The Food and Drug Administration and U.S. wine producers have reached a voluntary agreement to limit the level of urethane in table and dessert wines.

According to FDA documents made available late Monday, the agreement calls for average urethane levels of fewer than 15 parts per billion (ppb) for table wines produced from the 1988 harvest.

Beginning with the 1989 harvest, dessert wines would have an average of no more than 60 ppb.

The agreement also says that, starting in 1995, no more than 1 percent of table wines would have urethane levels above 25 ppb and no more than 1 percent of dessert wines would exceed 90 ppb.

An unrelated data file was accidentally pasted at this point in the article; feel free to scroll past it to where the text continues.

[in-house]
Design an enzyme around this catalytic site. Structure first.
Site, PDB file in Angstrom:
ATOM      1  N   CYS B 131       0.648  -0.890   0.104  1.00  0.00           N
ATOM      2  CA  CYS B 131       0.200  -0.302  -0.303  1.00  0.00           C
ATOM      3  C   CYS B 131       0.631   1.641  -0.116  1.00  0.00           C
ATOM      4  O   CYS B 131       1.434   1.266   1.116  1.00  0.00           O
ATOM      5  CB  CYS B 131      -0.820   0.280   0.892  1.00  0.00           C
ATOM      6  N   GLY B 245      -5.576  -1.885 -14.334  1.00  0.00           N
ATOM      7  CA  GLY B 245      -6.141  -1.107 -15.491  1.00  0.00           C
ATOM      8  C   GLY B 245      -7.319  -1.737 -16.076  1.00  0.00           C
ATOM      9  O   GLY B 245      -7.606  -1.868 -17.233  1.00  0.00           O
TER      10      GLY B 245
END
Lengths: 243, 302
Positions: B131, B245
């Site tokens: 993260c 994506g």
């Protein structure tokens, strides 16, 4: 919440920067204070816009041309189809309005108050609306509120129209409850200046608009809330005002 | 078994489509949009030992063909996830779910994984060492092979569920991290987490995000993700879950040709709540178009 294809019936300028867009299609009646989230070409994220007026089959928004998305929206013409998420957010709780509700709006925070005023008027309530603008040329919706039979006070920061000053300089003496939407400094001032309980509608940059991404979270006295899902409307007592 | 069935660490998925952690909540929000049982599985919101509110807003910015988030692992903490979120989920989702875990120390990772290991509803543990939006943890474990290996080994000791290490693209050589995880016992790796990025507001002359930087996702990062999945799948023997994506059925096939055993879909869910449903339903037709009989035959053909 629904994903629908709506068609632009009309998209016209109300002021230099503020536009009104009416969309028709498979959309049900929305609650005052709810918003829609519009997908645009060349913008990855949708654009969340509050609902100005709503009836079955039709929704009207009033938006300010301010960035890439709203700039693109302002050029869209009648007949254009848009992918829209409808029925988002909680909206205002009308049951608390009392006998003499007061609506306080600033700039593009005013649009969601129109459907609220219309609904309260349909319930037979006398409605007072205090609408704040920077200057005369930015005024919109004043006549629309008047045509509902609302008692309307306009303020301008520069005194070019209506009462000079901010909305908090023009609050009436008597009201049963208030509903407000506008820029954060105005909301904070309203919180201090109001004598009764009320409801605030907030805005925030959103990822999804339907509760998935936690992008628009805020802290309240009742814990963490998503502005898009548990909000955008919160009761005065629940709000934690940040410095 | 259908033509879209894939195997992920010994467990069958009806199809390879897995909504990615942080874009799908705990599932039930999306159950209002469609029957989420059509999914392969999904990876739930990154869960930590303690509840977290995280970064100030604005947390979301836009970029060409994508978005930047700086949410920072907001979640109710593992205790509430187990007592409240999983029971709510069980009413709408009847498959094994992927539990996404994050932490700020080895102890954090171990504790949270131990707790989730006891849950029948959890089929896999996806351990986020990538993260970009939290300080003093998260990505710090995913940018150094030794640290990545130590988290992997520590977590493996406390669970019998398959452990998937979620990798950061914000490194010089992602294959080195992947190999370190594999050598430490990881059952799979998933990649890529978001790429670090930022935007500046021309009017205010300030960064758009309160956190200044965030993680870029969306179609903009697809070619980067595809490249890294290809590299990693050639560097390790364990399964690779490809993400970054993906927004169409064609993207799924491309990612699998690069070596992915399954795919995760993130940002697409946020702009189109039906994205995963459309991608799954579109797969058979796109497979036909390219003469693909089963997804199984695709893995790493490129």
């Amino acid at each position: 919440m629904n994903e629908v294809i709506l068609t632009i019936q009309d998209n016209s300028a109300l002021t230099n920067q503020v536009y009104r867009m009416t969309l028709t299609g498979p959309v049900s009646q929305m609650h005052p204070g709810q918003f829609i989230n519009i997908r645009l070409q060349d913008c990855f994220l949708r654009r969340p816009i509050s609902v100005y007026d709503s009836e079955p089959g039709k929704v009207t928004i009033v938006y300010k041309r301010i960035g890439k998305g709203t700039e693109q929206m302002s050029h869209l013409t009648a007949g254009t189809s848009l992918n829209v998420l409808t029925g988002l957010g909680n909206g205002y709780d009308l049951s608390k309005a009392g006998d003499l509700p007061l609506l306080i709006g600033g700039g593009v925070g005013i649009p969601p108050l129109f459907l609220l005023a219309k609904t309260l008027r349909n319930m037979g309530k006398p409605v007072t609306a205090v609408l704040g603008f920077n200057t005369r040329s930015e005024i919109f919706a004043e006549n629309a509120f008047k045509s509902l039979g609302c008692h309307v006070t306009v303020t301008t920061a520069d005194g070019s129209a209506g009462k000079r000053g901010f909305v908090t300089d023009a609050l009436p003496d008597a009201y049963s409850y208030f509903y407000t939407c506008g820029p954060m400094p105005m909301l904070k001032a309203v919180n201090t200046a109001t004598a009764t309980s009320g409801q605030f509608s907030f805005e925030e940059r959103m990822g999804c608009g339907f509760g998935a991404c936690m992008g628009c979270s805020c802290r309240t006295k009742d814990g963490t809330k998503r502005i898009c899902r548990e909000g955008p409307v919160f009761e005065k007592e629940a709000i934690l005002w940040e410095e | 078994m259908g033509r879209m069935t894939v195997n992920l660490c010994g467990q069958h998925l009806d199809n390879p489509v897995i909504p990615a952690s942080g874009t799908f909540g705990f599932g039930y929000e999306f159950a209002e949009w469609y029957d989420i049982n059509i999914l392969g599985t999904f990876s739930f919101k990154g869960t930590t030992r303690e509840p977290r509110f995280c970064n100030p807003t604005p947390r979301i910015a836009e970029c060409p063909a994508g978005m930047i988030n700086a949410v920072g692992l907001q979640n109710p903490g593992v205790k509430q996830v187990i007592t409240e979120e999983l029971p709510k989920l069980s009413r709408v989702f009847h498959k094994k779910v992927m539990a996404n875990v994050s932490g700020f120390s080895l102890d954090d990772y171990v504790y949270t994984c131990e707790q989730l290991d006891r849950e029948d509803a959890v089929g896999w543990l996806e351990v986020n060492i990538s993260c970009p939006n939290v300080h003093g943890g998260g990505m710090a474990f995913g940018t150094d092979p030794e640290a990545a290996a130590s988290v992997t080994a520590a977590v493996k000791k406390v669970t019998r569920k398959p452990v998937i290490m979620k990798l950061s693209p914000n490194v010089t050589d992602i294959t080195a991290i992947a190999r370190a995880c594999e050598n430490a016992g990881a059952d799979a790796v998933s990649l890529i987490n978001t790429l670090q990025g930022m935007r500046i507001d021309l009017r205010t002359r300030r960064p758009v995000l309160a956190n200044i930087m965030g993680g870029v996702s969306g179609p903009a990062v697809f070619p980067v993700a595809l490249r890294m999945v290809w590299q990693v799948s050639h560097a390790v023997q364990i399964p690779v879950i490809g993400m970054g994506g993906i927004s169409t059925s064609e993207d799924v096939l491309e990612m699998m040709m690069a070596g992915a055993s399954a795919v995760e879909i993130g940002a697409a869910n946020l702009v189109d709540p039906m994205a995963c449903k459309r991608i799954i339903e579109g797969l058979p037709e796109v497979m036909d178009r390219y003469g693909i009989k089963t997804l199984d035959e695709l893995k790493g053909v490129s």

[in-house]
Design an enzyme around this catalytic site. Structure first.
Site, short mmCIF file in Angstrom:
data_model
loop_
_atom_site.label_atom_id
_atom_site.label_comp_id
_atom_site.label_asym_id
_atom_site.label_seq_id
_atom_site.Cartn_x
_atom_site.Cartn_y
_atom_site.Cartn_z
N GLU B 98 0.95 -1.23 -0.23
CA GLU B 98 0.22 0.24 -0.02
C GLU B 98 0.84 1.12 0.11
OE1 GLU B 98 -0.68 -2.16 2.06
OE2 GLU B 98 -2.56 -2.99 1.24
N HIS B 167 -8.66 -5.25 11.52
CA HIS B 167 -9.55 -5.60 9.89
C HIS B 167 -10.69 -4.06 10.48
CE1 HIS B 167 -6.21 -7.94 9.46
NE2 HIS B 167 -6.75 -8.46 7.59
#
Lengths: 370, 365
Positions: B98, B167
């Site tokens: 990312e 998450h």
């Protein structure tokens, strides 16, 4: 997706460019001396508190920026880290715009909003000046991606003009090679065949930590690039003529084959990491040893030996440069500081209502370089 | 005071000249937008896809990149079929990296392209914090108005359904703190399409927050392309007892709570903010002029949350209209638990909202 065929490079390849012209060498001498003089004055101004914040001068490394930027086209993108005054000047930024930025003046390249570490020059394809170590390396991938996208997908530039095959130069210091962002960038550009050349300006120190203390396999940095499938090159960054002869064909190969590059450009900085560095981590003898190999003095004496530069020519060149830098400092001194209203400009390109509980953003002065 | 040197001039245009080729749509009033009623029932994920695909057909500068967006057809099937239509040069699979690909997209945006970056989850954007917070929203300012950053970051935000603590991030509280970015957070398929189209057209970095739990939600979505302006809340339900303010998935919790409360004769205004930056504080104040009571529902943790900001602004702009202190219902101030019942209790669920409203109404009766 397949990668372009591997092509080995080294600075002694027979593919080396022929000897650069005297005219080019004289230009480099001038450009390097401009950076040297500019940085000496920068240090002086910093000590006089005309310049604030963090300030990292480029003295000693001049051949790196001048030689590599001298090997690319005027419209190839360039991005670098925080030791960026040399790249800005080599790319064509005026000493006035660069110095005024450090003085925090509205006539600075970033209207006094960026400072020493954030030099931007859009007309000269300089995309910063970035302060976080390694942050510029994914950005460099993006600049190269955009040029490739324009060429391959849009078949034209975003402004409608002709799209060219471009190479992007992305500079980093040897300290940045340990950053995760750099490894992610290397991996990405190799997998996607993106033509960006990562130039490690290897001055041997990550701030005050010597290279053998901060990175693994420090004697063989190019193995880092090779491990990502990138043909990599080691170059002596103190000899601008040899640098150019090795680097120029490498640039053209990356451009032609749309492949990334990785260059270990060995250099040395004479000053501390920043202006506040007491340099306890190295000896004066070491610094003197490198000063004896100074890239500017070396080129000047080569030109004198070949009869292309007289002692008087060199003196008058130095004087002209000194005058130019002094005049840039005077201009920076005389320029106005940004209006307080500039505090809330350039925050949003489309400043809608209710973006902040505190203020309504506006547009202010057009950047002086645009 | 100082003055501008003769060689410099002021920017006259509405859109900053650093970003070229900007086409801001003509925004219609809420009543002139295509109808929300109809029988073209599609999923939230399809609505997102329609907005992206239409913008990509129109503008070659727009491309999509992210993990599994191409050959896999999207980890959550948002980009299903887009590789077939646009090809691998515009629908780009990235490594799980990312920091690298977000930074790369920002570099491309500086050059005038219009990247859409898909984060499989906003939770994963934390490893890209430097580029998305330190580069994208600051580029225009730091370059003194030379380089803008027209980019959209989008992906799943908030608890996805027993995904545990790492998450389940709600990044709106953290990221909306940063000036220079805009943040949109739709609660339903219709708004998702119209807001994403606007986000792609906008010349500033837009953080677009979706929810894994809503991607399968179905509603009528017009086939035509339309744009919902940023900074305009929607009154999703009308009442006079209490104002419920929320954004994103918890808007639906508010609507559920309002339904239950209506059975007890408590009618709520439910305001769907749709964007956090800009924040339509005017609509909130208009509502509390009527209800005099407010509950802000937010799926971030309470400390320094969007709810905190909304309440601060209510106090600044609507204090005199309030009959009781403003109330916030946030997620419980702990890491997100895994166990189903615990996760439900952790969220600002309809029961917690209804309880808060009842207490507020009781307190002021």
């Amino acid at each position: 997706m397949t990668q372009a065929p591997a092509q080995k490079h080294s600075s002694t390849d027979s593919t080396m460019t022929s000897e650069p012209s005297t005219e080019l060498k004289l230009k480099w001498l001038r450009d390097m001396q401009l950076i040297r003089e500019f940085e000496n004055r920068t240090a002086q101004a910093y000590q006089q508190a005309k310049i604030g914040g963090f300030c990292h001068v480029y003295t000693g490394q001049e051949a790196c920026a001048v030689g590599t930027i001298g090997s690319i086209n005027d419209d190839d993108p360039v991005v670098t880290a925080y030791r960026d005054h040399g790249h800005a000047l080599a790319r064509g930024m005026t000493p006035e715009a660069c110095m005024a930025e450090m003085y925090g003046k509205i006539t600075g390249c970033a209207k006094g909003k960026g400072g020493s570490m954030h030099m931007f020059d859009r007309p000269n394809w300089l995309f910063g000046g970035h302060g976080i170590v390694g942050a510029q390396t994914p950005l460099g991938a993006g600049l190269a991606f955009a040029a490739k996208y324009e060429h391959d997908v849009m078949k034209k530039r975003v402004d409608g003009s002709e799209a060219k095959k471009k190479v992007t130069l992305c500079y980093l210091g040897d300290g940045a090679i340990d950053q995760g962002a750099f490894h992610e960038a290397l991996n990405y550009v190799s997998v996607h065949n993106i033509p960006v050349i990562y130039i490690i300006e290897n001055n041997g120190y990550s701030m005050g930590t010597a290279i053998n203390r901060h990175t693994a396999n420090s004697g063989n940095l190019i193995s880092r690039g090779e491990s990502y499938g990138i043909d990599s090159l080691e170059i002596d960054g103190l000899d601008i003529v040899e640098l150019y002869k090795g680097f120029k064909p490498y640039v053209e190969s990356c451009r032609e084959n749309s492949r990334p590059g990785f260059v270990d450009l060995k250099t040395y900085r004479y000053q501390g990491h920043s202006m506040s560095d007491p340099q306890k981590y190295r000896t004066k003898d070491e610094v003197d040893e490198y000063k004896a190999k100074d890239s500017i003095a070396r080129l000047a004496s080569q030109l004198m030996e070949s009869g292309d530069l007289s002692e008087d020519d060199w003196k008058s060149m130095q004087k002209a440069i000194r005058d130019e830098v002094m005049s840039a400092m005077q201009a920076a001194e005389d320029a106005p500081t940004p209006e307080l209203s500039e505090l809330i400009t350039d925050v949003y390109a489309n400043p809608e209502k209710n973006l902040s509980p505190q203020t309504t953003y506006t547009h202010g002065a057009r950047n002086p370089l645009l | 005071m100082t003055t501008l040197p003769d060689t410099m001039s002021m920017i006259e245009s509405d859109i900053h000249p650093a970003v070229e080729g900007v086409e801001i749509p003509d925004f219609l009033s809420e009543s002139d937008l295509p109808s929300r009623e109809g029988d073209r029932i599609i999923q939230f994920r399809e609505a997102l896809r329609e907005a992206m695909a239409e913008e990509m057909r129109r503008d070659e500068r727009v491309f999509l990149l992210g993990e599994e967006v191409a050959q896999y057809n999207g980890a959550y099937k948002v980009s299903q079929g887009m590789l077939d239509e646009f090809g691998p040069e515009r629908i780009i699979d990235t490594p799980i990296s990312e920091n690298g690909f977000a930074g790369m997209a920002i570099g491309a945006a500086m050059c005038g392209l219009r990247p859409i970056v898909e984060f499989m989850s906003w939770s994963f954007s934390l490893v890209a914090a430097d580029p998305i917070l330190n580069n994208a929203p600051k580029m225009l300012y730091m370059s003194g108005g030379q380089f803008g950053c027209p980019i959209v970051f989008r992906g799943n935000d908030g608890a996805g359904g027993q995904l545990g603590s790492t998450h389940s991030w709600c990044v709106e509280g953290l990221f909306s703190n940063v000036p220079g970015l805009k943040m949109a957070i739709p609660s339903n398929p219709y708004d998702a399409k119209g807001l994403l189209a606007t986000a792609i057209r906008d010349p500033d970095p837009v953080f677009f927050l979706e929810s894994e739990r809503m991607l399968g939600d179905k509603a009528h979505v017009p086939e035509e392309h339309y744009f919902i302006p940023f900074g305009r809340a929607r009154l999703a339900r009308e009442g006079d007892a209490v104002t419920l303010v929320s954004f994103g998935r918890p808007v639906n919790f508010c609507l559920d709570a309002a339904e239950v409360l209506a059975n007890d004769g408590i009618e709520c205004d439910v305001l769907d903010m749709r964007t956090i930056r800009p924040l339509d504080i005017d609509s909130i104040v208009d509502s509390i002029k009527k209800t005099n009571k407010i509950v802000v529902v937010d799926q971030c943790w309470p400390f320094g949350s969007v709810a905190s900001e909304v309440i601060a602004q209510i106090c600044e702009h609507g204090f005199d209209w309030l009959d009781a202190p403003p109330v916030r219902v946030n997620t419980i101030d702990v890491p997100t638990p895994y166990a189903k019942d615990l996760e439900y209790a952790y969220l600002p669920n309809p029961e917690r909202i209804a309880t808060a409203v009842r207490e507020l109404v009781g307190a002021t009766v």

Studies have shown that urethane, which occurs naturally in some distilling and fermenting processes, causes cancer in some animals.

The agreement was signed by the Wine Institute, a San Francisco-based group representing 530 California wineries, and the Association of American Vintners, based in Rochester, N.Y., which represents wine producers in 29 states.

The FDA announced a similar voluntary agreement in December with distillers of whiskeys and spirits.

The Center for Science in the Public Interest, a consumer health advocacy group based here, said it is dissatisfied with the agreement. Staff attorney Charles Mitchell said the agreement "creates only the appearance of consumer protection."